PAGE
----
How to Shop for Antique Jewelry Like an Expert

Courtesy Bell & Bird

The minds behind Austin, Texas, antique jewelry boutqiue Bell & Bird give their professional advice on shopping for rare, centuries-old pieces.

You’d be forgiven if  “Austin, Texas” makes you think of live music and Tex-Mex, rather than museum-quality antique jewelry. But for the dedicated collector—who can look beyond the food trucks—Austin plays home to a hidden gem of a jewelry shop, and it’s a thrill to visit.

Run by Cyrus and Rhianna Shennum, Bell & Bird (1206 West 38th Street, Austin; 512-407-8206) specializes in 18th- and 19th-century antique jewelry. That includes taxidermy hummingbird head earrings, the feathers iridescent blue and green, with golden beaks and ruby eyes, all dangling from delicate, glittering hooks. There’s also an ivory micro-carving of a Georgian-era warship as small as your thumbnail, set under a crystal dome surrounded by garnets as a late 18th-century ring. The British Museum in London has a similar, even similar one.

Cyrus has a fine jewelry background and is a certified gemologist, while Rhianna comes from a fashion background. Together they handpick each of the unique treasures on offer. Here, Rhianna offers her tips on where to look, and what to look for, when building your own collection.

Where do you find most of the pieces you have in store and online?
For us, London is the center of the antique jewelry trade. (If we loved a different period of jewelry, we might look more in the U.S.) The constant hunt for these early pieces is by far our biggest challenge, but thankfully the most fun! We travel to the U.K. every four to six weeks—as an American-based business, it is an absolute must to travel to Europe so frequently. Finding these treasures is by far the most difficult part of our business so we source from anywhere we can. We source from trade shows, large antique fairs, private dealers, auction houses as well as—more and more often—individuals who seek us out with private collections to sell.

Victorian Era blue enamel and diamond snake with ruby eyes, circa 1860.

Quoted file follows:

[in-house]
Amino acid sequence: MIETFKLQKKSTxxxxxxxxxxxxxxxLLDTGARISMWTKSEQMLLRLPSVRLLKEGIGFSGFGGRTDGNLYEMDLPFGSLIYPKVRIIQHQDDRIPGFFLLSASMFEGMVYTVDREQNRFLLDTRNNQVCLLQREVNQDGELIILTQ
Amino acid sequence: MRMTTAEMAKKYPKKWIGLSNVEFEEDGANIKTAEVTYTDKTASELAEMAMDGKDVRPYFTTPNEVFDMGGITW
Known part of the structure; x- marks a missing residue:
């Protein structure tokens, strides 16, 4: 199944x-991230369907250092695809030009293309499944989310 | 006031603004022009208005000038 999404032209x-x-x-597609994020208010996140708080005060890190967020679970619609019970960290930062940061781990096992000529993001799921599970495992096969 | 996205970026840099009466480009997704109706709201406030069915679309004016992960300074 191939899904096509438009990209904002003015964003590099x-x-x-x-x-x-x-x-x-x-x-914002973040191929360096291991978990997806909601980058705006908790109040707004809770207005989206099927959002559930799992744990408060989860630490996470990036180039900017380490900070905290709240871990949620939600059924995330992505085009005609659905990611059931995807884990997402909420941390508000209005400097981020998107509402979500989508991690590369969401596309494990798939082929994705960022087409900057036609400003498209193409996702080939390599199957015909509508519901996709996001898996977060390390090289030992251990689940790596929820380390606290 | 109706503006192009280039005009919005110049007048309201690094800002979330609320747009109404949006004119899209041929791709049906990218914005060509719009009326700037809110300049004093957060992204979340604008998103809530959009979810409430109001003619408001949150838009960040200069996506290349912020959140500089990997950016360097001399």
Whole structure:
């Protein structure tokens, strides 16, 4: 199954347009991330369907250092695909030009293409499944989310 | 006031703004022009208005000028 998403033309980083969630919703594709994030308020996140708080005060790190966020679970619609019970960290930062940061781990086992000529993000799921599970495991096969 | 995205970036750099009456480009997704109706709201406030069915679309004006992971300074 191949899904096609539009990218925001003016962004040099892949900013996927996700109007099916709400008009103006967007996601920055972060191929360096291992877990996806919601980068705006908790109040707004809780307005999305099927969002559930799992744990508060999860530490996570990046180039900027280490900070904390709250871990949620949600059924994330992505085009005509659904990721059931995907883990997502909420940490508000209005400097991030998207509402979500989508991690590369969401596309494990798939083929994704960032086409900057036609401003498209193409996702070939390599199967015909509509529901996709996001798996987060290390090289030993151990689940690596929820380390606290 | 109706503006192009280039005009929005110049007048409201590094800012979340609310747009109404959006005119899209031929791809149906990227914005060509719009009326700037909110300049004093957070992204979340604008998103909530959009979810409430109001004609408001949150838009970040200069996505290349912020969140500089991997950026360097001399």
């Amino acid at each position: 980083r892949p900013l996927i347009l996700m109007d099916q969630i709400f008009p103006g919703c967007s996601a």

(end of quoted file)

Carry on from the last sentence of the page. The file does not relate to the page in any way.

The antique business is very old fashioned. We have yet to find a dealer who will email or text jewelry pictures to us. It is just not how the business is done. Dealers tend to think of us because they see us frequently. I wish there was a secret to it, but the longer we do this we realize that the only real secret is persistence. Or maybe we don't yet know the secret!

What are your guidelines when you’re considering buying a piece?
First, we have to love a piece aesthetically. When you’re dealing in antiques you walk a fine line between tired, old-fashioned pieces and a timeless treasure. We want everything to be wholly authentic in its antiquity, but still relevant as a fashion piece. Authenticity is important, and we try hard to find pieces in their original condition. However, when dealing with pieces that are centuries old, we do have to find well-executed repairs acceptable.

As a non-expert buyer, what are the key things to be aware of to make a smart purchase?
It’s becoming more and more difficult to find pieces in their original form. Always give a piece a very slow look on the front and back—many antiques have poorly executed repairs that can compromise the wearability of the piece. Also, keep in mind that any object that has been around for hundreds of years will show signs of its age. Even a well-cared-for, rarely worn piece will reveal the passage of time. Antique pieces have a softness that a newly made piece can’t mimic. And of course, if something seems too good to be true, you must always question its authenticity. Every dealer, collector, and museum that we have dealt with has made a mistake. If an object was made to deceive, it could be executed very well. [But there are still telltale signs of its inauthentic.] It could be the wrong faceting designs on a stone or prongs that are too sharp, even the wrong settings on a period jewel. For example it is important to know what a diamond cut from the turn of the 20th century looks like versus an older faceting style, because Georgian jewelry enjoyed a revival of style in the Edwardian period. The look is very similar but if you know these diamond cuts did not exist in the 1820's you would never mistake it for the other. Most tell tale signs are learned only with experience and study.

Emerald and diamond 7-stone ring in gold, 2nd-half of the 17th century.

How should someone care for their antique pieces?
A fine antique piece should be respected and cared for like this: At home, pieces should be kept in dry boxes or individual pouches. Jewelry shouldn't be jumbled together, as stones and metal of one piece can scratch or dent another. If a piece seems to need more than a simple cleaning, it is best to take it to a professional who has a lot of experience with antiques. The trouble you see most frequently is over cleaning. If a piece is put in the wrong hands, decades or even centuries of beautiful patina can be polished off in seconds! To put it simply, we recommend our pieces to be thought of and worn like a fine silk dress rather than a pair of jeans.

Bell & Bird is located at 26 Doors Shopping Center, 1206 W 38th St., # 1102; 512-407-8206; bellandbird.com.

Photo Credits: Courtesy Bird & Bell